Painting over Wallpaper

Updated on July 24, 2008
L.G. asks from Lewisville, TX
14 answers

Our kitchen is wallpapered and I am interested in painting over it. I have removed wallpaper from other places in our home & just painted the walls, but the kitchen has no textured wall underneath the wallpaper. My question is, what can I do to prep the wallpaper before painting over it (i.e. covering the seams, etc.)? Someone told me to put drywall tape over the seams & primer the whole wall, then paint. Any feedback will be very helpful! Thanks!!!

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L.S.

answers from Dallas on

Sounds like we had the same builder who liked to cut corners!

I agree with the previous poster, if you paint over it, it won't look so hot after a while. Most of these builders didn't use true wall paper in the first place -- it's more of a plastic-y, vinyl yuckiness that will not hold the paint. To do it right, you'll need to remove the wall paper and then go over the wall boards with stuff to finish it off right. Home Depot or Lowes should be able to point you to the stuff you'll need. It's a bit more work, but will improve the outcome.

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H.B.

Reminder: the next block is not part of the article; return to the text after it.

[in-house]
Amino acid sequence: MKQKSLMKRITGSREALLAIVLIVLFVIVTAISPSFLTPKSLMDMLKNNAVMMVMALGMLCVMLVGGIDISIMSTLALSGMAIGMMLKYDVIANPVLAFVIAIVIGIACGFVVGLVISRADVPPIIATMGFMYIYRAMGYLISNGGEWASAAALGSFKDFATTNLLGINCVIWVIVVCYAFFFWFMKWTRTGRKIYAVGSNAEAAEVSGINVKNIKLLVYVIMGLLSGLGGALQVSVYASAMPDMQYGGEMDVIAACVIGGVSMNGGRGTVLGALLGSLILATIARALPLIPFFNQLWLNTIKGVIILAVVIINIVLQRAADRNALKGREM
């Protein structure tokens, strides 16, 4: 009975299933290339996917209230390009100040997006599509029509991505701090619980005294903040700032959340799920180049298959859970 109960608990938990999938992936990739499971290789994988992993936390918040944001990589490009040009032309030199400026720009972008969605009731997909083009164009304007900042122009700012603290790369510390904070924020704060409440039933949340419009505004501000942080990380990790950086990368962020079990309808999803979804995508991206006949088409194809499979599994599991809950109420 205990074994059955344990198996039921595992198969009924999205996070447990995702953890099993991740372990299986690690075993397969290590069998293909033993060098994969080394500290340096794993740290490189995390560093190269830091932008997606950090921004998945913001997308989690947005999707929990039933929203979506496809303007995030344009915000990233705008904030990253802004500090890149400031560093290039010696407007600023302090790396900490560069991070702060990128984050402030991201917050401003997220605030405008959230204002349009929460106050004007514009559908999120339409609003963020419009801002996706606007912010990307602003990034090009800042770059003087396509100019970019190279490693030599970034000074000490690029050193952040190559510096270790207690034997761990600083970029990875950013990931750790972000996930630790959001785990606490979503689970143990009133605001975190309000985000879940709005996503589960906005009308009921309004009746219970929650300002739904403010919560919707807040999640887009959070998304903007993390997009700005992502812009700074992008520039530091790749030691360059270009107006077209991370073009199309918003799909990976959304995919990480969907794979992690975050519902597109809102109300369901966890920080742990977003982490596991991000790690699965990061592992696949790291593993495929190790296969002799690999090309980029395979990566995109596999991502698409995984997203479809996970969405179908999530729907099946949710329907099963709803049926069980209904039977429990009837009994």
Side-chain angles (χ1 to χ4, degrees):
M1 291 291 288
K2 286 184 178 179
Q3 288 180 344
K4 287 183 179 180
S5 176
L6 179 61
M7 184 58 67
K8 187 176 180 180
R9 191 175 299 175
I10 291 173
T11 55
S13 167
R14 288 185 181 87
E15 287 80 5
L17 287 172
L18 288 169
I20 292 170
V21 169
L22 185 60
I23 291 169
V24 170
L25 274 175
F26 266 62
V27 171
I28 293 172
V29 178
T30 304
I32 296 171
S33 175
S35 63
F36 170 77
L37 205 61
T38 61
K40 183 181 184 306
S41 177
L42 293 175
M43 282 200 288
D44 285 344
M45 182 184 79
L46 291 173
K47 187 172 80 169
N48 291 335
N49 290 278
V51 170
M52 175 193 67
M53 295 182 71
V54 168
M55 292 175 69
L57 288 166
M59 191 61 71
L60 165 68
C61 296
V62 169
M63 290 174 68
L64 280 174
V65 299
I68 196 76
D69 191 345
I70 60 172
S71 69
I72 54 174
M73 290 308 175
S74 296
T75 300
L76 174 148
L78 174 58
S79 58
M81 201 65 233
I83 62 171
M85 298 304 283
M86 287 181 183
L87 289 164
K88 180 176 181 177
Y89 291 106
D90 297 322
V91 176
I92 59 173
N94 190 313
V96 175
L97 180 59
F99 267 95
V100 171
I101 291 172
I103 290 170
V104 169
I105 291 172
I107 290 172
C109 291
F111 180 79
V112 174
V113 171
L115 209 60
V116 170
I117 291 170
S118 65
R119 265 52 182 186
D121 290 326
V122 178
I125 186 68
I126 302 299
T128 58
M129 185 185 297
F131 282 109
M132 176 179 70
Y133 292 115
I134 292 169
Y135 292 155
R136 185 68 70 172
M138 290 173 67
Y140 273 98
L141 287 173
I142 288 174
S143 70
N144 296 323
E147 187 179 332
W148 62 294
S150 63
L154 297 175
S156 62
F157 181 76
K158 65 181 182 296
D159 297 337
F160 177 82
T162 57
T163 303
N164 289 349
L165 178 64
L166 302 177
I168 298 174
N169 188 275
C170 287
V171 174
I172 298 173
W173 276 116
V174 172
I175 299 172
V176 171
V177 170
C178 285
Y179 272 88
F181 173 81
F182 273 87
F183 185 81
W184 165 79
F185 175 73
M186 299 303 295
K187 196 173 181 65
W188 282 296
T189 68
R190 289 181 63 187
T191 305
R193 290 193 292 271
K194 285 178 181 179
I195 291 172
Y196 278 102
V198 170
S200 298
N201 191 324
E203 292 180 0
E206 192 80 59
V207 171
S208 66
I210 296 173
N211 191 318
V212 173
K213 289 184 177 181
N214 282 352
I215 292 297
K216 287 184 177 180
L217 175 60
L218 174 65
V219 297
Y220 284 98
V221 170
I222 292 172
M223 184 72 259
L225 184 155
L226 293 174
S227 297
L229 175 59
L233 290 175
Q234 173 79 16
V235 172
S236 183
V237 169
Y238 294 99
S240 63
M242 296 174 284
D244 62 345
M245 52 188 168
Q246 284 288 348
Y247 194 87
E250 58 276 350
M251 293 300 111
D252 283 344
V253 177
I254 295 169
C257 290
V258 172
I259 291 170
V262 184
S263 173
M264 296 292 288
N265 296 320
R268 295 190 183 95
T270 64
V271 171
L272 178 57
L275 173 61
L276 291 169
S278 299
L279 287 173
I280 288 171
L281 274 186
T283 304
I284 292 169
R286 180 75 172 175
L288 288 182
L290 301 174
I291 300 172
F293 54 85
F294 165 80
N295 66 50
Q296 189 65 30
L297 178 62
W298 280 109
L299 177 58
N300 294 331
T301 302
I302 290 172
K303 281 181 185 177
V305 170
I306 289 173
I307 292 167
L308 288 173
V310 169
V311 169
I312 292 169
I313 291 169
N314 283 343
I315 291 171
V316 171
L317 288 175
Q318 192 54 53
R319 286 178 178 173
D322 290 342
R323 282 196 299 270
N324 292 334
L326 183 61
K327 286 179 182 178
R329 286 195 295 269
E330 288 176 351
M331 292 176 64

answers from Dallas on

Here is a secret- a friend of mine works for sherwin-williams: windex! Yes windex (even generic) windex pulls wall paper right off the walls. I have done it. Our previos home had no textured walls and major wall paper. Came off oin large pieces! It was great!

Now, if you wp is on top of drywall- meaning the part of the wall that is prior to paint, it is just the powdery wall sheet itself.

I promise- do not buy wp remover- just buy generic windex and spray spray spray in the crease of the seam-spray an tear- you will be amazed!

I would not have believed it if I did not do it myself!

Good luck!

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S.B.

answers from Dallas on

I have done the skip trowel texture over wallpaper and haven't had any problems. If the wallpaper is on really well - it shouldn't be a problem - and the skip trowel look seems to be the thing right now. It's pretty easy to do - a friend an I did her whole kitchen in a day. You just get the bucket of texture from Home Depot and use a trowel to apply to the walls. Then wait a few days before you paint. Or if you want a more traditional texture they have rollers you can buy that you roll the texture on with - then you paint over it. Good luck!